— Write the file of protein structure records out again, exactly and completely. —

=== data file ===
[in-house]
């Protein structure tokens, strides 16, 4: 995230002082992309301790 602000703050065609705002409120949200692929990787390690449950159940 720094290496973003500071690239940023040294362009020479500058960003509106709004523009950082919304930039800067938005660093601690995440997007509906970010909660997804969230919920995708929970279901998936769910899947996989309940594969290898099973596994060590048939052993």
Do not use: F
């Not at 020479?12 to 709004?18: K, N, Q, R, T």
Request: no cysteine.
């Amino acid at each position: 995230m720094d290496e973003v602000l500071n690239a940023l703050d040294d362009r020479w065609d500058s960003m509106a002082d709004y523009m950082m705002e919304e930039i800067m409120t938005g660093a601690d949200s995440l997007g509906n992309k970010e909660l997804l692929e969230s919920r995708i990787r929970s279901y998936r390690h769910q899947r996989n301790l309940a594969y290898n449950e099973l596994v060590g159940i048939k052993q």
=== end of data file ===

[in-house]
């Protein structure tokens, strides 16, 4: 995230002082992309301790 602000703050065609705002409120949200692929990787390690449950159940 720094290496973003500071690239940023040294362009020479500058960003509106709004523009950082919304930039800067938005660093601690995440997007509906970010909660997804969230919920995708929970279901998936769910899947996989309940594969290898099973596994060590048939052993």
Do not use: F
């Not at 020479?12 to 709004?18: K, N, Q, R, T």
Request: no cysteine.
């Amino acid at each position: 995230m720094d290496e973003v602000l500071n690239a940023l703050d040294d362009r020479w065609d500058s960003m509106a002082d709004y523009m950082m705002e919304e930039i800067m409120t938005g660093a601690d949200s995440l997007g509906n992309k970010e909660l997804l692929e969230s919920r995708i990787r929970s279901y998936r390690h769910q899947r996989n301790l309940a594969y290898n449950e099973l596994v060590g159940i048939k052993q």